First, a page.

Your fearless leader of Mince Words with June is mincing with death, is what she is. She left work at 3:00 and has been in bed in her stunning Delta College Tshirt ever since. Delta College is a community college. Fearless leader June attended said Delta the first year after high school because she graduated with a 0.000001.
That said, let's sniffle over to The Fountainhead, shall we?
I wasn't really smart enough for this book (see Delta college reference above). For example, did anyone really understand why Dominique wouldn't be with Roark, other than to build tension for the reader? It was some crap about how she admired him too much to not destroy him, and okay, what? I really didn't understand that part.
I enjoyed the whole Luke and Laura let-me-rape-you-and-then-we'll have-a-nice-relationship action, as well. What do you make of that scene? This was the only time I didn't like Howard Roarke, but I guess we're supposed to think that Dominique really wanted him even though she herself calls it rape. I also think it symbolizes how Roark will do what he wants, whether the rest of us see it as good or bad.
I was taught in college to never dismiss an offensive part of a book because "that's how it was back then." But I'm tempted to do that with the rape scene. Women were supposed to resist desiring someone.
Other than the part where he's a big rape-y pants, don't you wish you could be like Hoard Roarke, with his uncompromising ideals?? I am so not him. I would have been like Peter Keating, doing what everyone wanted me to do. Like participating in a book club discussion while I have swine flu.
But of course, the big crux of this book is the whole idea of objectivism, which means, as Ayn Rand herself said, "the concept of man as a heroic being, with his own happiness as the moral
purpose of his life, with productive achievement as his noblest activity, and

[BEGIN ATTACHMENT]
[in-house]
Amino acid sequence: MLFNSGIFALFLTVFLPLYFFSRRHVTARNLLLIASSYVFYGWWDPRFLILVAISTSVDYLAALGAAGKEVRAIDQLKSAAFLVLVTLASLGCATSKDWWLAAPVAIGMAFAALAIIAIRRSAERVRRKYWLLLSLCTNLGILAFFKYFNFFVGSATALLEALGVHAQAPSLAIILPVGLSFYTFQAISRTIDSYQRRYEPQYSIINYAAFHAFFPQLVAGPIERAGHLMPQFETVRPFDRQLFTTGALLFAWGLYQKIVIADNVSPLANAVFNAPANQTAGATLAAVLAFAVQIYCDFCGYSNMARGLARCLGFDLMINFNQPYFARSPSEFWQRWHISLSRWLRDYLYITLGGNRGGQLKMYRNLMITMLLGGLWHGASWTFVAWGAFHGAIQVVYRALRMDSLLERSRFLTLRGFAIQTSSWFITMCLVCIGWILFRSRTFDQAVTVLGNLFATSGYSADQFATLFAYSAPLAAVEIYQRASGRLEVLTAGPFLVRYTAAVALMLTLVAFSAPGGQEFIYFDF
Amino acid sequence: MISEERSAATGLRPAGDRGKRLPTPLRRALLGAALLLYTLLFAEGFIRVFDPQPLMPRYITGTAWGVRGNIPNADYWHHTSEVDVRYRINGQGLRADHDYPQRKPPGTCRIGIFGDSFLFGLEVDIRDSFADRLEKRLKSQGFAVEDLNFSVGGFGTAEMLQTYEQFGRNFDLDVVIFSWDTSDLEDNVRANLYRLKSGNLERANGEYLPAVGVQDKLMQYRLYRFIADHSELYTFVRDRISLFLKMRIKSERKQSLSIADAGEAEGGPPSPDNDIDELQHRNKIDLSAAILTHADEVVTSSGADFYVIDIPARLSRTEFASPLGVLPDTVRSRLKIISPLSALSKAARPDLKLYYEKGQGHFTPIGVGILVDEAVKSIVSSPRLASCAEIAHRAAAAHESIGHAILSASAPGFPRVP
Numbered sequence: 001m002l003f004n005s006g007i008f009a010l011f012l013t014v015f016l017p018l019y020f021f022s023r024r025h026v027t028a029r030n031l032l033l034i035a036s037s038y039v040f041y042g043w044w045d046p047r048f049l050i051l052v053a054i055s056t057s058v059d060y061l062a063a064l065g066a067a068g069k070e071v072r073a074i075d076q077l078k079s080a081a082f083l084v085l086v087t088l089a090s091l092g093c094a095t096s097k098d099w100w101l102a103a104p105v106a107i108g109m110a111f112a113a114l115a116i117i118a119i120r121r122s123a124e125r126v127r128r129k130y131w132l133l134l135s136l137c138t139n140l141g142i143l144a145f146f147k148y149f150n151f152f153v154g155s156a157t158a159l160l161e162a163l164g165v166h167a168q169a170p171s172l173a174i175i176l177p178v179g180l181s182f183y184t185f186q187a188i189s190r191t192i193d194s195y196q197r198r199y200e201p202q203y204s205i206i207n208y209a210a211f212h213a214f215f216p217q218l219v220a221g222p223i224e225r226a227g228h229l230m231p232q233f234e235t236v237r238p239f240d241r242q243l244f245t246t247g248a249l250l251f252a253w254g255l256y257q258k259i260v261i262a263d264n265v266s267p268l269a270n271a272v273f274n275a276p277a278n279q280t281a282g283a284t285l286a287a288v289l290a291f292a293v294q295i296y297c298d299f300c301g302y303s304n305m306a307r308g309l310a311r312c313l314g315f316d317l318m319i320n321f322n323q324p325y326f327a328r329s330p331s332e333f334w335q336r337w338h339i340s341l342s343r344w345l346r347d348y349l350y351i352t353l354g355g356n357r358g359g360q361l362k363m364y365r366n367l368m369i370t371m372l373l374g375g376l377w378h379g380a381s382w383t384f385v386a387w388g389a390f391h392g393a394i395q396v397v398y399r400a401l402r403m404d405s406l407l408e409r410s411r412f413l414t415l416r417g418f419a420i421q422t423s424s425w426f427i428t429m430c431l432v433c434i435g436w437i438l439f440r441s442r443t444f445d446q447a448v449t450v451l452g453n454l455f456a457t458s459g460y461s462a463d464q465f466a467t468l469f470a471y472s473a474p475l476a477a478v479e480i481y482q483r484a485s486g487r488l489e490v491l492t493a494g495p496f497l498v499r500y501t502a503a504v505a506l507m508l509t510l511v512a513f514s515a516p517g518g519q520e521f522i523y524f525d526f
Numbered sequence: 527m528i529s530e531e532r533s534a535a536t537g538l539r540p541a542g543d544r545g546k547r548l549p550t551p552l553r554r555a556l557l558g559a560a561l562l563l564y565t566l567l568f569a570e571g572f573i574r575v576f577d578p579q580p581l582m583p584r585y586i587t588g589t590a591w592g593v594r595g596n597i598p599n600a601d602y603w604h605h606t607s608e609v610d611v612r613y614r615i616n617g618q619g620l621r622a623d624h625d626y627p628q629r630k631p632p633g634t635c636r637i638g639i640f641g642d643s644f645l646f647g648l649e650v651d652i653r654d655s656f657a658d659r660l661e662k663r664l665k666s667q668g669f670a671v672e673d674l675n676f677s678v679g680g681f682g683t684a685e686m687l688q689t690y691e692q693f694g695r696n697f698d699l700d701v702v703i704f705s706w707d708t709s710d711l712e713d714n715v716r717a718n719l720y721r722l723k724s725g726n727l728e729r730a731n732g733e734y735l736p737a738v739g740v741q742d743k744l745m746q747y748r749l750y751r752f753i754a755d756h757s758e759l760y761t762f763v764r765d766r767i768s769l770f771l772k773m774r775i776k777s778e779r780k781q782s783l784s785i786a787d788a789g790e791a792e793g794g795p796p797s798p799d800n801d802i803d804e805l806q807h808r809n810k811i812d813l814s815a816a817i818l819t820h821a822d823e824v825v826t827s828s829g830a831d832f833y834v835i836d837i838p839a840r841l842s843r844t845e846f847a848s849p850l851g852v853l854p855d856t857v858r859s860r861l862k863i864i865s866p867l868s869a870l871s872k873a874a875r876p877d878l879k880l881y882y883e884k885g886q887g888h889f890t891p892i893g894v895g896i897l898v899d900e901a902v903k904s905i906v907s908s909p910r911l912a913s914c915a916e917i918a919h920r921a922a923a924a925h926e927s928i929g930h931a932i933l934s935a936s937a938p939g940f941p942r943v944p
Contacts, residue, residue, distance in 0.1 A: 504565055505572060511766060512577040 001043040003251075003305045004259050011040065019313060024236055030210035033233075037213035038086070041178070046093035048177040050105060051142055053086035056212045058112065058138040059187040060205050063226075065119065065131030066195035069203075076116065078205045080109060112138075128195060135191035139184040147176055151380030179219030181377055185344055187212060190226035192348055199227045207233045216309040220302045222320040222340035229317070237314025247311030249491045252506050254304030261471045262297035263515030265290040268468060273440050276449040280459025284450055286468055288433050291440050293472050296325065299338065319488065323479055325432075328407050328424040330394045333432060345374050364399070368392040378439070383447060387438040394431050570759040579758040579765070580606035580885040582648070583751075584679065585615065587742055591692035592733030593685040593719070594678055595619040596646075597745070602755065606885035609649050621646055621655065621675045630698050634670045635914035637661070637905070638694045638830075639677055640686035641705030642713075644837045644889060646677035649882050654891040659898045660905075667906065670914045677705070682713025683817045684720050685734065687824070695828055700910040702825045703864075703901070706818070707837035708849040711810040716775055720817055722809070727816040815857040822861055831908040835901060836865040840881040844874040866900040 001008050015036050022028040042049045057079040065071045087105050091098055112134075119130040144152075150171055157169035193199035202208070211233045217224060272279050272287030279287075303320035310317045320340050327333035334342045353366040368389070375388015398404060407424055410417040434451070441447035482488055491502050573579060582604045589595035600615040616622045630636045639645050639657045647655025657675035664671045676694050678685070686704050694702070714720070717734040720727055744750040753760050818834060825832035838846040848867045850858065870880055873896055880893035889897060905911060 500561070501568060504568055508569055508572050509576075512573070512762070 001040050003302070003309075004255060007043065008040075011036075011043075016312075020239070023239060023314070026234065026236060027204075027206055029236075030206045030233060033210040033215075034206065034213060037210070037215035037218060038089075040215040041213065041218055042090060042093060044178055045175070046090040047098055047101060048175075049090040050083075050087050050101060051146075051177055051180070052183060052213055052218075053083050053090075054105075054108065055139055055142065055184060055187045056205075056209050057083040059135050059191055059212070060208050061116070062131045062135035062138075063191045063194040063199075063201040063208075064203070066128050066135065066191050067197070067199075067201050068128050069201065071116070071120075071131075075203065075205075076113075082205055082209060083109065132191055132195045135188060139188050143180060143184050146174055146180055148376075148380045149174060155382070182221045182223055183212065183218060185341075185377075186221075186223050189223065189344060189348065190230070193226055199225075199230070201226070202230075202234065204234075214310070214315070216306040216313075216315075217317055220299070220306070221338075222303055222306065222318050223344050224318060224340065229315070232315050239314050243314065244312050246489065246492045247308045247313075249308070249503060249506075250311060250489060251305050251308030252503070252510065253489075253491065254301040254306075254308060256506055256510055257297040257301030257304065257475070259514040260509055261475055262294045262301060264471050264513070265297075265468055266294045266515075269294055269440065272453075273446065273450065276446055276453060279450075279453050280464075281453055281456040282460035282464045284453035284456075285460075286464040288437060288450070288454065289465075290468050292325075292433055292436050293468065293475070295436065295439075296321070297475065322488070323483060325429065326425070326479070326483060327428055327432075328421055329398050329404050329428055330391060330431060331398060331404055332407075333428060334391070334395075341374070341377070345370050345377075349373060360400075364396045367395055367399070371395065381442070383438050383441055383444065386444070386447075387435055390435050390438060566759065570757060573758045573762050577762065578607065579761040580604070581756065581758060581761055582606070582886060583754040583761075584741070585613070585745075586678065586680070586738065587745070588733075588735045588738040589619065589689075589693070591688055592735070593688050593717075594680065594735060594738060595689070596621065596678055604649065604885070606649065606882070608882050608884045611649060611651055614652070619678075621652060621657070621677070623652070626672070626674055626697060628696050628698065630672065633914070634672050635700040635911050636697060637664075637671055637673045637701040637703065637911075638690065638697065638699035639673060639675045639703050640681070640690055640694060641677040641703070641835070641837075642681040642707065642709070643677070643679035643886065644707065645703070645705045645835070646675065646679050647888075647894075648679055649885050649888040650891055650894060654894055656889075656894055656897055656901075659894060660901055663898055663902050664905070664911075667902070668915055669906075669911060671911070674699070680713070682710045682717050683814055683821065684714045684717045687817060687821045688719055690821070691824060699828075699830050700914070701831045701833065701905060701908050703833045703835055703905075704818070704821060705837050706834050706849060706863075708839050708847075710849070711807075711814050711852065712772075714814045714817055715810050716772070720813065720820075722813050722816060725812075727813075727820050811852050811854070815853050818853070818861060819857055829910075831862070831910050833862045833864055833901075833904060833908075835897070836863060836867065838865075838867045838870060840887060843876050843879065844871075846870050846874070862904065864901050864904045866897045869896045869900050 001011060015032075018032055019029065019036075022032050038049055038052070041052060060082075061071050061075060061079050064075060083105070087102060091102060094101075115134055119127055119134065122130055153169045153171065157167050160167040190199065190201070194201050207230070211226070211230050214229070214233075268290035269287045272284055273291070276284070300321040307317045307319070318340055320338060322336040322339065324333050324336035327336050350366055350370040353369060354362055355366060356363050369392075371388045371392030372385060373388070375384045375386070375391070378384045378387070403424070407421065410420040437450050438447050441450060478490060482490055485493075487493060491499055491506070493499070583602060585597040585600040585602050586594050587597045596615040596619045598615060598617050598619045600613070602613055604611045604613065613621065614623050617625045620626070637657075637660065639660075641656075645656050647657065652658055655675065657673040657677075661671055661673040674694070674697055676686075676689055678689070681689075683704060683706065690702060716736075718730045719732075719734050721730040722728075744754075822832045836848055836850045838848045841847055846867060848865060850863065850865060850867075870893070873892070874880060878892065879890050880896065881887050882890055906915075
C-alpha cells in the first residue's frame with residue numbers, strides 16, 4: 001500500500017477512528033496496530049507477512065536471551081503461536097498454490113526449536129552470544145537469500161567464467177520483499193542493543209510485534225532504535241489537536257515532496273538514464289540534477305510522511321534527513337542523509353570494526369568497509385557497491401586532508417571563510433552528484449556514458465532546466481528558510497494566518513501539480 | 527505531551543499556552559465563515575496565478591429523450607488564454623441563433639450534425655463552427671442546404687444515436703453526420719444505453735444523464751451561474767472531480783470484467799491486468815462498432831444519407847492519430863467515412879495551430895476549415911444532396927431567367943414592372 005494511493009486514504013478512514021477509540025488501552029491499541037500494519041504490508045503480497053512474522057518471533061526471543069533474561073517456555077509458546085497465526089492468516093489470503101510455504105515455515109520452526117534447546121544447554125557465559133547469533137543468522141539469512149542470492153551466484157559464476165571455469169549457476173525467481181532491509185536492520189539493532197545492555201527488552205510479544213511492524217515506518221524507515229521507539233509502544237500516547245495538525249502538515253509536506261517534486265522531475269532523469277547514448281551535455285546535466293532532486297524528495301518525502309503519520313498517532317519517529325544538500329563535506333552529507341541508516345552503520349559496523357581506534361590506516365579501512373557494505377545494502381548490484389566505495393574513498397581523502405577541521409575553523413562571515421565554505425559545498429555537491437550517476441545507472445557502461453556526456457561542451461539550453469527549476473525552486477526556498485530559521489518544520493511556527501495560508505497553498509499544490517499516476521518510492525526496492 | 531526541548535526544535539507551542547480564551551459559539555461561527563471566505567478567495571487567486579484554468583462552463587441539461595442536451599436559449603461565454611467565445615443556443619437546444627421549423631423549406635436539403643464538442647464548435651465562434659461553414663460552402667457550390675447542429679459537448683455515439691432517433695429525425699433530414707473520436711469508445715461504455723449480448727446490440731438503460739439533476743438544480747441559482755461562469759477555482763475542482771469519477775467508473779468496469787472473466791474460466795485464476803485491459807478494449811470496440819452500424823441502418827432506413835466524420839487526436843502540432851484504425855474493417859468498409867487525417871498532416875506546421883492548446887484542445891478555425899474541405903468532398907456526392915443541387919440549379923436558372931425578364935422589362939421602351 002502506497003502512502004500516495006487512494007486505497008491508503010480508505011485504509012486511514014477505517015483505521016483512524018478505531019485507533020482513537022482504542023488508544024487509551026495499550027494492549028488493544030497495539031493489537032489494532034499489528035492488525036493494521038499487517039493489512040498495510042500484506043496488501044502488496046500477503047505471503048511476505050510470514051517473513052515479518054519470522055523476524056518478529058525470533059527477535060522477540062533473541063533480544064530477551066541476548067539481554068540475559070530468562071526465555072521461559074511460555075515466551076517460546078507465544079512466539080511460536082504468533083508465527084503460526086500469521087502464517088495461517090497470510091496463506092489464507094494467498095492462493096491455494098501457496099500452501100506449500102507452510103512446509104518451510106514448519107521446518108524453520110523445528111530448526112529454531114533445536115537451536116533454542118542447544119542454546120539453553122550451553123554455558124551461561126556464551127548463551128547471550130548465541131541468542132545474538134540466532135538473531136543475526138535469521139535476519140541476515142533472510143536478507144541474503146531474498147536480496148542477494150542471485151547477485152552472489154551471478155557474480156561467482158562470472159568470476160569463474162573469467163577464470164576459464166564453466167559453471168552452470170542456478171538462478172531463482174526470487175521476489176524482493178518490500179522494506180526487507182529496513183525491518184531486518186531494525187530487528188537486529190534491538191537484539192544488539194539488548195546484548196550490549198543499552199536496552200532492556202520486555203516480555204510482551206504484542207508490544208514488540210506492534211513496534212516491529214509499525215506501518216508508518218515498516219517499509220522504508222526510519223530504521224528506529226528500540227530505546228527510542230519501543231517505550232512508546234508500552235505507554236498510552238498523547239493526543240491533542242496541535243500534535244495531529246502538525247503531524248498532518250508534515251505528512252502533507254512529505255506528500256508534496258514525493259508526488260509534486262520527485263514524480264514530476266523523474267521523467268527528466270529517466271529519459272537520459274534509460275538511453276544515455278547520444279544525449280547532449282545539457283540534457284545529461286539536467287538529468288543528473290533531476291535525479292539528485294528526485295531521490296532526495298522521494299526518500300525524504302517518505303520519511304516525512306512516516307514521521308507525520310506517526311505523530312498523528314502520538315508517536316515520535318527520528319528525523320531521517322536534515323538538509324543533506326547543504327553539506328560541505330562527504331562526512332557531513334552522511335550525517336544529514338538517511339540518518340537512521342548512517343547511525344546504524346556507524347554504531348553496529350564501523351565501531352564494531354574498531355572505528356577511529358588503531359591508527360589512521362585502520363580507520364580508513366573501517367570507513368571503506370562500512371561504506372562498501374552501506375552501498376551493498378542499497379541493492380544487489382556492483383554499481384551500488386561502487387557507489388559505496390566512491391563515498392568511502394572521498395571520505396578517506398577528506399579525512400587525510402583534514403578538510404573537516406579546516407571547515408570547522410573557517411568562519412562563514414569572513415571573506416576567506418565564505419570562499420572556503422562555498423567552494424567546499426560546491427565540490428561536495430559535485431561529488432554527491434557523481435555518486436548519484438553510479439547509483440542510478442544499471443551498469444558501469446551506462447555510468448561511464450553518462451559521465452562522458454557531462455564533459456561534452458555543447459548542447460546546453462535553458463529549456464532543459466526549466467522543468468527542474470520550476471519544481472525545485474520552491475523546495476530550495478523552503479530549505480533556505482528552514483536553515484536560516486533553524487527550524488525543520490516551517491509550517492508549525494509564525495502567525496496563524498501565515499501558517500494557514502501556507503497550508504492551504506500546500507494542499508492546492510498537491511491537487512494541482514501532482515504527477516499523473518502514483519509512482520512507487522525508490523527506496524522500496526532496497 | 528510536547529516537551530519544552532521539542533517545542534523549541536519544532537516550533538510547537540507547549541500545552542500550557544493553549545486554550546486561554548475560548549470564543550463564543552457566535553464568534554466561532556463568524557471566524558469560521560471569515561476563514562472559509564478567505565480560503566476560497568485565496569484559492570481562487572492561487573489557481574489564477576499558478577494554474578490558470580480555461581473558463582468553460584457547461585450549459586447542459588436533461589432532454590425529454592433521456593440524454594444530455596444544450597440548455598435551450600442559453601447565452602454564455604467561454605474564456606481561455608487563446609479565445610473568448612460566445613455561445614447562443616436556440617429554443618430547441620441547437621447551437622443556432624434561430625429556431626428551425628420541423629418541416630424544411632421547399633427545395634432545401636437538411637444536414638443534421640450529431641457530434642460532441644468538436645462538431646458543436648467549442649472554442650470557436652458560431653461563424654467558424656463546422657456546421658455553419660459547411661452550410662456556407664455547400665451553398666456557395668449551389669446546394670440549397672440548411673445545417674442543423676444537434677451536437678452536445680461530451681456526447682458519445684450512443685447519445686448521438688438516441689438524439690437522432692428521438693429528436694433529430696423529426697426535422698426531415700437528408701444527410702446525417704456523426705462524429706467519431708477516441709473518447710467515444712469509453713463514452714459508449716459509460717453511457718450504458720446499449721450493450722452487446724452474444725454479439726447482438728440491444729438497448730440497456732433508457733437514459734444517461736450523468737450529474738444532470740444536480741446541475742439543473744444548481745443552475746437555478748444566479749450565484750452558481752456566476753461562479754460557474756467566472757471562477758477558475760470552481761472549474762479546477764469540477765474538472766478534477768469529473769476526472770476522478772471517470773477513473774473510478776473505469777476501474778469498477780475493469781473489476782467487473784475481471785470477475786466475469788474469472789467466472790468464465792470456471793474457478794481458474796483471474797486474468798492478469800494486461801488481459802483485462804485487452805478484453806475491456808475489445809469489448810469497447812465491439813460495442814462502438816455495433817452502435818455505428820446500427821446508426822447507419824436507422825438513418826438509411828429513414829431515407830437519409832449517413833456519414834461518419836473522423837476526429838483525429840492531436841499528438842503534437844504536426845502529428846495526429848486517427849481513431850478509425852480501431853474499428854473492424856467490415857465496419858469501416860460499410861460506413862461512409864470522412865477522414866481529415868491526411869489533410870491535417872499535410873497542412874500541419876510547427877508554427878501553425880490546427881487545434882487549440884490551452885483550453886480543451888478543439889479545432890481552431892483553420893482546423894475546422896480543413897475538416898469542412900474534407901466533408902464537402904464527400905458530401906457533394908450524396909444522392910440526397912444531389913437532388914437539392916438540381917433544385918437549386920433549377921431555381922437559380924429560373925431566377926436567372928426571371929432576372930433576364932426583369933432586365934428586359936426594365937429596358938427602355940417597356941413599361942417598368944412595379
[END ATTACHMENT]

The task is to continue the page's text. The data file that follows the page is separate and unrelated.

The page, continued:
reason as his only absolute."
So, she's basically saying that in her world, we'd all be like Roark, only being happy living up to your own standards.
Well. You know what? She may be right. But the concept is so foreign to me that I can't hang with it. Throughout the entire book, I kept thinking, come on, Roark, just DO the assignment they gave you! Don't you want a nice career? And fame? And for everyone to like you?
Perhaps this makes me a putz. But I am completely influenced by everyone around me and by everyone else's standards. Do I betray my moral principles to make sure everyone likes me? Yes. I mean, if you all told me you wouldn't read me anymore unless I played that terrible Facebook quiz, "Should the president be killed"? I wouldn't do it. But I compromise in all sorts of subtle ways all the time.
So Howard Roark is selfish because he lives only to please himself, and I am selfish because I live only to please myself because I've pleased all of you. That's what I think. Either way, I think most of our motivations are selfish.
Now, what do you think about altruism, after reading this book? Ayn Rand said altruism permits no concept of a self-respecting, self-supporting man. Well, jeez Louise, this is so counter to how I grew up that I can't even stand it. There are people in my immediate family who give away more than I make in a year. Plus, I was the recipient of Pell Grants in college. Did that make me someone who didn't respect herself? No. But maybe that's because I had to work so hard to get the REST of my college money.
At any rate, I'm glad I read this book. It was interesting to look at life from her completely different perspective. And I think anyone's first reaction to something different is to shun it, and I'm trying hard to see and respect her point of view, even if I end up not agreeing with it.
Oh, and by the way, I found it ironic that I read this book, then looked online to see what I should think of this book. That is exactly the kind of activity that would have made Ayn Rand spit up.
So what'd you think?